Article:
The Bruins missed three field goals between two place kickers and gave up the back-breaking punt return for a touchdown in the fourth quarter. UCLA’s season rushing average continues to drop after 25 yards on the ground against the Buffaloes. The Bruins are averaging 78.8 rushing yards per game.

With four straight losses, the Bruins need three straight wins to earn bowl eligibility and finish 6-6.

Links to wrap up the loss:

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Weekly Q&A – Colorado answers

Ralphie is awesome

Ralphie is awesome

With Josh Rosen done for the year, wouldn’t it make sense to get Devon Modster some experience for next year? We are losing these games anyway with Mike Fafaul. I’m sure he is a good kid but 4-8 is 4-8.

The other reporters and I were discussing this as well, and yes, it does seem to make sense to give one of the freshmen experience, but there are also other things to consider. You don’t want to make it just any experience for him; you want to make sure it’s a good experience and he can have success and build confidence. It’s hard to come by that kind of success when you’ve been servicing the scout team the entire year and running around trying to be a different person every week at practice.

Also, if one of the freshmen gets experience, how important is that really going to be next year when you assume/hope that Rosen will be back and healthy anyway? It would be different if Rosen was leaving and UCLA was looking for someone for next year, but experience or not, Modster (or Lynch) would still be the backup next year. Do you want an “experienced” backup? Sure, that’s always the dream, but then it brings us back to the first concern of whether that experience was good and built confidence. For Fafaul’s sake, I don’t think he’s the reason why they’re losing these games. He’s prone to turnovers, which is a huge problem, but if he had even a middling running game to help him out, then I honestly think the results would have been different. He’s cut his teeth for four years now, understanding 100 percent that he’s probably not going to play and now he’s got this chance and he’s trying to make the most of it. Let the dude live a little.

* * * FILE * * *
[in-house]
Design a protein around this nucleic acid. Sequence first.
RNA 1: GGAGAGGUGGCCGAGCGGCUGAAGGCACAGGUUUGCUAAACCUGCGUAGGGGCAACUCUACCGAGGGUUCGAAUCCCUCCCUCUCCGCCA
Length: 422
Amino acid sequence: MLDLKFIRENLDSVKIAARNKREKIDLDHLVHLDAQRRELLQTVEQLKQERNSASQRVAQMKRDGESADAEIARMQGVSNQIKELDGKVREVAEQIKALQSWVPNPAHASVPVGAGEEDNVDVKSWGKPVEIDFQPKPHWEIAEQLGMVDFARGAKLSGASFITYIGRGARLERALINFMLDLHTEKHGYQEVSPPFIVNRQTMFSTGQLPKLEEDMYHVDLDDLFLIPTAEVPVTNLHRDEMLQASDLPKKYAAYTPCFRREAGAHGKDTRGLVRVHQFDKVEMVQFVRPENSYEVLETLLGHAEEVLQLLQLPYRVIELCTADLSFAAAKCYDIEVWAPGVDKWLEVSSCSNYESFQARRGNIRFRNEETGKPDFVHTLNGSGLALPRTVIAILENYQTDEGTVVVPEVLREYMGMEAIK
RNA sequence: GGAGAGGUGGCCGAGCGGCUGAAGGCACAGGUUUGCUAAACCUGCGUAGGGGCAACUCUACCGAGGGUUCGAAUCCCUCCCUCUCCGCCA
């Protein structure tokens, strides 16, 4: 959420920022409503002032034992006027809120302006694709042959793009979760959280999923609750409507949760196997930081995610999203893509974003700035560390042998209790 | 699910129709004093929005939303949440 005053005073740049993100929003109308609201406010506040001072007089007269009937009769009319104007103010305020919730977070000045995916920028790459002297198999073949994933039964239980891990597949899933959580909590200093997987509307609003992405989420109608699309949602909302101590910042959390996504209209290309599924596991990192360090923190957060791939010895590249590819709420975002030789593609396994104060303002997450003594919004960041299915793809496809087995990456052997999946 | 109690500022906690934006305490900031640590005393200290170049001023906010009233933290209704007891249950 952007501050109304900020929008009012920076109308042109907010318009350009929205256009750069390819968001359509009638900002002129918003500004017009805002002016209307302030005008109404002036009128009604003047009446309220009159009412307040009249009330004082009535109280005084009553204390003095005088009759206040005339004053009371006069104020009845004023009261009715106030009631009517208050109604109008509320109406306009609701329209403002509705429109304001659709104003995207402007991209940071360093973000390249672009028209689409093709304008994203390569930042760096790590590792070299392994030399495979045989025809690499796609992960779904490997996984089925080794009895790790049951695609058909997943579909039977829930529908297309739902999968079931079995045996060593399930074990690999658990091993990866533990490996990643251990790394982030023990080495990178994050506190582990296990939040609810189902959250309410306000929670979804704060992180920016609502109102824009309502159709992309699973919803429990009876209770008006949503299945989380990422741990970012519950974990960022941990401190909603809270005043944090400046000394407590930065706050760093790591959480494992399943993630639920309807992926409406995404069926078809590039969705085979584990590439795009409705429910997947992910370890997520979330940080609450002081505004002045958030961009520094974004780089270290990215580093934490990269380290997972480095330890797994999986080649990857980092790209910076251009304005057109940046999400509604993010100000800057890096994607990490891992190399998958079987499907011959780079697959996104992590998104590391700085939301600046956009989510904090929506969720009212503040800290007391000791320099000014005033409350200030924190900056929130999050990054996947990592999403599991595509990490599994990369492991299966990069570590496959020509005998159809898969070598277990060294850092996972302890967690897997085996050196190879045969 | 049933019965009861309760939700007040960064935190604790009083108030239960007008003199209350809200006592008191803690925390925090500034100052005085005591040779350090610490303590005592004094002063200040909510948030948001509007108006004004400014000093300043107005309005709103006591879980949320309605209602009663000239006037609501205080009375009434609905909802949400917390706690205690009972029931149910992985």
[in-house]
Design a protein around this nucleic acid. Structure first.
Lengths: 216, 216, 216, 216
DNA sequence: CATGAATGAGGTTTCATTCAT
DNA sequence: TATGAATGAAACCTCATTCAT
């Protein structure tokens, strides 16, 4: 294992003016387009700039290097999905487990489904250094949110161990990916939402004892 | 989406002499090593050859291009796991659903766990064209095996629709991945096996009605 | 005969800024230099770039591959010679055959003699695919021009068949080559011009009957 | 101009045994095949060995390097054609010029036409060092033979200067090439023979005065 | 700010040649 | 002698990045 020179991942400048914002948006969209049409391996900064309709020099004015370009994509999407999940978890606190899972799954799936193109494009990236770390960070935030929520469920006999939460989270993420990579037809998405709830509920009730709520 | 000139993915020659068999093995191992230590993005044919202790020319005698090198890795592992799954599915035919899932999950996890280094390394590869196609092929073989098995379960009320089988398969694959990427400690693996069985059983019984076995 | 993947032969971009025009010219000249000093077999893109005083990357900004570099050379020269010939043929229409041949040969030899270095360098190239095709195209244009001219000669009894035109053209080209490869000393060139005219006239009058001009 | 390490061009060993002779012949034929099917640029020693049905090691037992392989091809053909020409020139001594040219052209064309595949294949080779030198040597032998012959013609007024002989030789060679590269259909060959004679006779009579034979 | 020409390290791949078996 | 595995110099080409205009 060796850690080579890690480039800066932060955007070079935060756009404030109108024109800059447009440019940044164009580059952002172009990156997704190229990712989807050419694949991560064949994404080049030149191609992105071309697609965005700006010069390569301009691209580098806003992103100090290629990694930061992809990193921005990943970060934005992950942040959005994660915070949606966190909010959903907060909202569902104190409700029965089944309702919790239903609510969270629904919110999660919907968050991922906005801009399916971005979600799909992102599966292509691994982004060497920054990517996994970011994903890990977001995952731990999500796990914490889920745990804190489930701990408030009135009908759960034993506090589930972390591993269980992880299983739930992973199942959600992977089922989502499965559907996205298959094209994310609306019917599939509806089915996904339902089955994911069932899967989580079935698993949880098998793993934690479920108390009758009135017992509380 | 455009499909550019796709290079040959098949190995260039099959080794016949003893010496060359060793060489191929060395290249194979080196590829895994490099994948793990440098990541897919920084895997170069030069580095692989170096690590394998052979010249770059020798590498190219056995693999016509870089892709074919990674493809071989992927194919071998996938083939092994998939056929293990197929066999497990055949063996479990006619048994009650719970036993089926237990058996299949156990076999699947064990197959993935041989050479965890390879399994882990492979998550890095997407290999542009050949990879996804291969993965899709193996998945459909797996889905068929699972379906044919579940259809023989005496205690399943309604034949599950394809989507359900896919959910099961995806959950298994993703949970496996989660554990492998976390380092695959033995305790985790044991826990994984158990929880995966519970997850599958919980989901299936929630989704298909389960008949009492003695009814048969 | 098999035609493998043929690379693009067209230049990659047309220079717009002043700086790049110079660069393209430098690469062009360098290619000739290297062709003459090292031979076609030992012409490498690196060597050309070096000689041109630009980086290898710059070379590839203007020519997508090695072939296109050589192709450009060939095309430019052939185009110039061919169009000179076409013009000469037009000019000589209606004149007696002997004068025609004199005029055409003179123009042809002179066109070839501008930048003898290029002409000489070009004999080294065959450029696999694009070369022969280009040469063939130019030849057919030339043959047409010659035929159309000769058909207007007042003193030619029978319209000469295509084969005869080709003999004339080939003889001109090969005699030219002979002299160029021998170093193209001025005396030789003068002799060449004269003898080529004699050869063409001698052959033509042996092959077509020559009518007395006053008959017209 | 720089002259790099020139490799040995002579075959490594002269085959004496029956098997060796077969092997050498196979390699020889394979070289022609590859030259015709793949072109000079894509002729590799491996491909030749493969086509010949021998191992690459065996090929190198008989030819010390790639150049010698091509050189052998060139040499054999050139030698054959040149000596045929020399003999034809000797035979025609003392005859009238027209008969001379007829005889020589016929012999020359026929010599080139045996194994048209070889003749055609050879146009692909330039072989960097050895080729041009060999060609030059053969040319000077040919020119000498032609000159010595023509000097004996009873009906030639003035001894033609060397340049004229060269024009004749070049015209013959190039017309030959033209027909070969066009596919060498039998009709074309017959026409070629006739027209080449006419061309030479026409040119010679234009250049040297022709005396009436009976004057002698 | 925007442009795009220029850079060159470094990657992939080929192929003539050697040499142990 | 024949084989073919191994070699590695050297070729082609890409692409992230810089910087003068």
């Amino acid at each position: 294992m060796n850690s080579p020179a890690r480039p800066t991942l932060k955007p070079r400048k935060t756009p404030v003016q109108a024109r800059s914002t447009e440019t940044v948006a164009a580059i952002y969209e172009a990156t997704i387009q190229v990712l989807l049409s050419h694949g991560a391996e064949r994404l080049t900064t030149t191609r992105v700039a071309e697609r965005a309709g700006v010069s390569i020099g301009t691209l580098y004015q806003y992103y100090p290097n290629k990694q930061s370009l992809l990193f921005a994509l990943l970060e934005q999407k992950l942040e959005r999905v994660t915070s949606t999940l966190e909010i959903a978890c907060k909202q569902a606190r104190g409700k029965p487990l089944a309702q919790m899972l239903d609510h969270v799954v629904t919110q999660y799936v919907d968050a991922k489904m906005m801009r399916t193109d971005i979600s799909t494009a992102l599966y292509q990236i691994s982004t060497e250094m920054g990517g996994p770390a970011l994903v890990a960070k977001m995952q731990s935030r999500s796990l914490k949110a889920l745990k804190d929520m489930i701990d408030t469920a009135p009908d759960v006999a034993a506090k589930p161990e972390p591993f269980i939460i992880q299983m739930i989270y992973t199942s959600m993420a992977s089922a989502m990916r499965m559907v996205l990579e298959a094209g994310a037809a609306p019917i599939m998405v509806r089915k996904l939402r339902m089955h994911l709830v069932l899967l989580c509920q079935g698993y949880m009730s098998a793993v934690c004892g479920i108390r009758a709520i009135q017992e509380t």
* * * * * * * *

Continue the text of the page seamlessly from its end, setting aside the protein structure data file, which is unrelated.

For those wondering, I think it is indeed Modster in line after Fafaul and before Matt Lynch. The two true freshmen are still essentially QB3 and QB3a, but this week, when Rosen was not on the practice field, Modster was not dressed as a scout-team quarterback, suggesting that he was taking the No. 2 reps to Fafaul. This is the first time I recall in the past few weeks that Modster wasn’t dressed as a scout-team quarterback.

Continue reading

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Five questions: The Daily Camera’s Brian Howell on Colorado